Public Opinion About Paid Family and Medical Leave

Daughter hugging elderly mother

Literature Review & Effective Messaging


Our nation can and should be a place where everyone enjoys full and equal opportunity. We are strongest when we all have a fair chance to achieve our full potential, contributing fully to our economic engine and social fabric. When everyone has the tools to support themselves and their families, the benefits flow to individuals, communities, and our nation as a whole.

Key to that full and fair opportunity is the ability to pursue gainful work while maintaining a safe and healthy life for one’s children and family. Yet, in our changing economy, that opportunity is increasingly at risk as Americans must make the unacceptable choice between caring for sick family members and earning the full salary needed to support that family. Access to paid family and medical leave determines whether parents can care for a new baby or sick child, whether a dedicated worker can also dedicate time to an ailing or dying elderly parent, and whether a family health emergency will also become an economic catastrophe. Despite significant public support, political will has been lacking, leaving working families and national economic opportunity at risk. According to the National Compensation Study, only 14% of civilian workers had access to paid leave in 2016. Federal law has remained stagnant on the issue since the Family and Medical Leave Act (FMLA), which requires unpaid leave, passed in 1993, and state and local progress has been slow and uneven. The lack of paid family and medical leave burdens families of all backgrounds. It also worsens patterns of unequal opportunity based on race, ethnicity, gender, and income.

On behalf of the Opportunity Agenda, Lake Research Partners (LRP) conducted a review of research studies related to paid family and medical leave. This literature review synthesizes and summarizes relevant opinion research findings about attitudes toward paid family and medical leave. This report provides a detailed overview of gaps in existing internal and external public opinion research alongside a summary of what messages, messengers, mediums, and platforms have been most effective to date.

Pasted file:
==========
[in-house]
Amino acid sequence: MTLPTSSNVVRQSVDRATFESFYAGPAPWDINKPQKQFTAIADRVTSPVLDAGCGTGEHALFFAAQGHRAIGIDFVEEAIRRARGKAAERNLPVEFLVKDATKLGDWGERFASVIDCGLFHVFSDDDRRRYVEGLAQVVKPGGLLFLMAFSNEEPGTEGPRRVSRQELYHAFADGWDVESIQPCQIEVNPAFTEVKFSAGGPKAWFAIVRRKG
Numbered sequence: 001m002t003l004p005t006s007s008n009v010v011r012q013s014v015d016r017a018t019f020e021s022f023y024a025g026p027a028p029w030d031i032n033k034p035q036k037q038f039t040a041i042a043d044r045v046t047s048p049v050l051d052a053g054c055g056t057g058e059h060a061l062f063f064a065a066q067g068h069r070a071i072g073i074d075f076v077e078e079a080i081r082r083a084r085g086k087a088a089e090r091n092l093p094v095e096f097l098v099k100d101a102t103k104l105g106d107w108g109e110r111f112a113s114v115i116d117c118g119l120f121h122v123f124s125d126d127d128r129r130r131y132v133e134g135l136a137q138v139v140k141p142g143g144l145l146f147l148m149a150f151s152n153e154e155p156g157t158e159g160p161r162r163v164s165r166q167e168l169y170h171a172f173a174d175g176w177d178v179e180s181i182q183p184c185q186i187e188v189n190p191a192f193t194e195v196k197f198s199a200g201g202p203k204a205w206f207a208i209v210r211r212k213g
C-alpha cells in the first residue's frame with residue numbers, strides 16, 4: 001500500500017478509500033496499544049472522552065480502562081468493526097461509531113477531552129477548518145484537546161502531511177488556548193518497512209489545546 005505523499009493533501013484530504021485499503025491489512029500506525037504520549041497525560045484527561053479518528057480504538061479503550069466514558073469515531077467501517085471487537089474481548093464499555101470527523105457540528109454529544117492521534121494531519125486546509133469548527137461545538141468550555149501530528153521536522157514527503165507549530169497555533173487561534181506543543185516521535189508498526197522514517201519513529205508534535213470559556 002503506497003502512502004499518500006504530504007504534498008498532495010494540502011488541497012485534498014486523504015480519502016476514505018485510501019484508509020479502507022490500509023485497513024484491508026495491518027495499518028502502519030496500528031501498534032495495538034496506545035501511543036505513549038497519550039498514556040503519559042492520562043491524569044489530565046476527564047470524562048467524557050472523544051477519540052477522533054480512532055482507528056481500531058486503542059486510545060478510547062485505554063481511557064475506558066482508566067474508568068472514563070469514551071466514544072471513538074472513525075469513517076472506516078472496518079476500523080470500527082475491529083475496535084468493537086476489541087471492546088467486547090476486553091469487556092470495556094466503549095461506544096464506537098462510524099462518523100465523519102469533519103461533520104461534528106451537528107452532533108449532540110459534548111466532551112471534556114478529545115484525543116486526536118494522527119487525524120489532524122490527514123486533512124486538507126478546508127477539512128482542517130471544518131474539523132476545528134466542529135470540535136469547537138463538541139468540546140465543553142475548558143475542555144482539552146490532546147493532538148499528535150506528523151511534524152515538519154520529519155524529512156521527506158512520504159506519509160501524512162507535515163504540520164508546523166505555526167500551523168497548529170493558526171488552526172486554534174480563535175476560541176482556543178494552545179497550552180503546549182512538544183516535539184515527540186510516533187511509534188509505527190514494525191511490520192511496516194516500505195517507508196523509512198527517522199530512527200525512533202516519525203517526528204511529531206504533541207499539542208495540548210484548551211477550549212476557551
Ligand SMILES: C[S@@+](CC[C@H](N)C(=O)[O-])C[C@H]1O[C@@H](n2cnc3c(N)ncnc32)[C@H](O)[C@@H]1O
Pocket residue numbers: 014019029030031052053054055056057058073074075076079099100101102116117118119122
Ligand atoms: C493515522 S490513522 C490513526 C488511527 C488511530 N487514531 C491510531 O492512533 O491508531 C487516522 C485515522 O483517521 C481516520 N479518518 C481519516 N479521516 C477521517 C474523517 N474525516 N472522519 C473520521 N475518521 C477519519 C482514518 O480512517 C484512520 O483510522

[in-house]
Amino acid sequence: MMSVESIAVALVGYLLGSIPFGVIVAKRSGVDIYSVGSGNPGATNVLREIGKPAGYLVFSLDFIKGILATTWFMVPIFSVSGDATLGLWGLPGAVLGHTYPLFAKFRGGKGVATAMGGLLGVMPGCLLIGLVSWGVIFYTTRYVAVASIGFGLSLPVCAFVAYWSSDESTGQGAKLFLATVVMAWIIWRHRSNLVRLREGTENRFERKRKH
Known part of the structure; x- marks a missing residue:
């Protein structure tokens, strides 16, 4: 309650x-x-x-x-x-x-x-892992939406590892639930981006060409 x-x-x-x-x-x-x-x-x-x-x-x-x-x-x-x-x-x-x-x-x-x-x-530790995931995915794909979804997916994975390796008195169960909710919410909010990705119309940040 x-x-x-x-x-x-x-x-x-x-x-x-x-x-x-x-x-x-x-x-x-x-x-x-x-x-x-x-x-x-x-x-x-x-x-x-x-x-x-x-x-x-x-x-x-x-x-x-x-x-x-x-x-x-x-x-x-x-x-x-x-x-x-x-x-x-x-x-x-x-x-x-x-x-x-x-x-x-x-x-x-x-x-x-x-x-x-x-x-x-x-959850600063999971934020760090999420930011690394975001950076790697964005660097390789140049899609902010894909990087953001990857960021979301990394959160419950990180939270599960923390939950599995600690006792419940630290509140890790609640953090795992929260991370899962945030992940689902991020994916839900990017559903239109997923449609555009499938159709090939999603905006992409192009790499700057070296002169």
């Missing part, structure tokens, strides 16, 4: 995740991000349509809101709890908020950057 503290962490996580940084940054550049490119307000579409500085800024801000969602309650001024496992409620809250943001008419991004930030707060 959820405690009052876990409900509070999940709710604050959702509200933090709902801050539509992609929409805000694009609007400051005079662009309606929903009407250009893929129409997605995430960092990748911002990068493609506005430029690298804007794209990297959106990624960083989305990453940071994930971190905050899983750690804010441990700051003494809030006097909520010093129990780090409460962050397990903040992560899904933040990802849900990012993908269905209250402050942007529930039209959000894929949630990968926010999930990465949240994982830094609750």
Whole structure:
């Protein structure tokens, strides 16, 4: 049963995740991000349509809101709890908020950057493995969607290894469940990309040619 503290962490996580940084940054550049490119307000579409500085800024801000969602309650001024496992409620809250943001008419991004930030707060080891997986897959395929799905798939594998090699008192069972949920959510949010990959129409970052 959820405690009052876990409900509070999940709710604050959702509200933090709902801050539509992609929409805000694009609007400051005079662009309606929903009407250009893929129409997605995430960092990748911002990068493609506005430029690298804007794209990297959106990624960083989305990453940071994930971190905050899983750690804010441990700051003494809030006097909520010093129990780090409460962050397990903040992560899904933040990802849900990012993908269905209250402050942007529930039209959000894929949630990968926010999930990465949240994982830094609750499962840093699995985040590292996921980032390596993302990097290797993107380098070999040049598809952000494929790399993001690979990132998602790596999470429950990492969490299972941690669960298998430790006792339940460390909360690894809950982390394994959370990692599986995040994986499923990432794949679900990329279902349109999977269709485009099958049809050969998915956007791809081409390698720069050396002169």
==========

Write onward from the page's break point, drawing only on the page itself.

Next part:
1. Current Paid Family and Medical Leave Legislation
  • States are leading the way in implementing legislation to provide paid caregiving, parental, and medical leave.
  • On the national level, both Democratic and Republican legislators want federal paid family and medical leave legislation but disagree over what to cover and how to fund it.
  • Democratic voters tend to be more supportive of paid family and medical leave than Republican voters. However, there is a gender gap among Republicans.
  1. Attitudes on Paid Family and Medical Leave: Small Business Community
  • Small business owners are supportive of paid family and medical leave, which could give them a competitive advantage, but many would prefer that employers be allowed to choose whether to provide paid family and medical leave.
  • Polls show that there is a great deal of support for paid family and medical leave in the United States and the support is bipartisan.
  • In addition to supporting a national paid leave policy, most Americans are also willing to contribute to funding for such a program.
  • Insights from dyads and focus groups conducted by Lake Research Partners suggest there may be opportunities to build support for paid family and medical leave among women of color and Independent/weak Republican women.
  • Working families respond best to messaging around paid family and medical leave that talks about helping your family and being there for them and that addresses the caregiving needs a person may have beyond simply parental leave.
  1. Attitudes on Paid Family and Medical Leave: Caregivers
  • As the elderly population continues to grow, so does the number of people who are involved in informal caregiving of older family members. According to the Bureau of Labor Statistics, 16% of the employed civilian population provided unpaid care to someone with an aging-related condition.
  • A growing number of Americans are recognizing the need to provide paid leave to care for an elderly family member who is seriously ill, injured, or disabled.
  • Access to paid family leave has demonstrable economic impacts, and lack of access has consequences.
  1. Attitudes on Paid Family and Medical Leave: Communities of Color & Non-Traditional Families
  • A disproportionate number of those in communities of color do not have access to paid leave. A national paid leave policy would ensure equal access to paid leave.
  • FMLA does not recognize same-sex relationships, so employers are not required to provide leave to care for a same-sex partner or spouse. Access to paid leave is a major concern for LGBTQ workers.
  1. Effective Messaging for Paid Family and Medical Leave
  • Determining the best messaging and language that will move voters from support to action on a national paid family and medical leave policy is critical as both Democrats and Republicans prepare for the 2020 election cycle.
  • Voters respond well to several of our key values in messaging, including the importance of family, the freedom to do what is right, and the recognition that caregiving is part of life.
  • Statements that focus on the positive impact of paid leave on economic security and not having to choose between giving care and getting a paycheck have a powerful and positive effect on voters and activists. Word choices like “workplace” or “public” do not affect results much.
  • The words used in a message, especially the first few words or “kickoff phrase,” can increase or decrease support. It is important to know how different audiences respond to particular words and statements.
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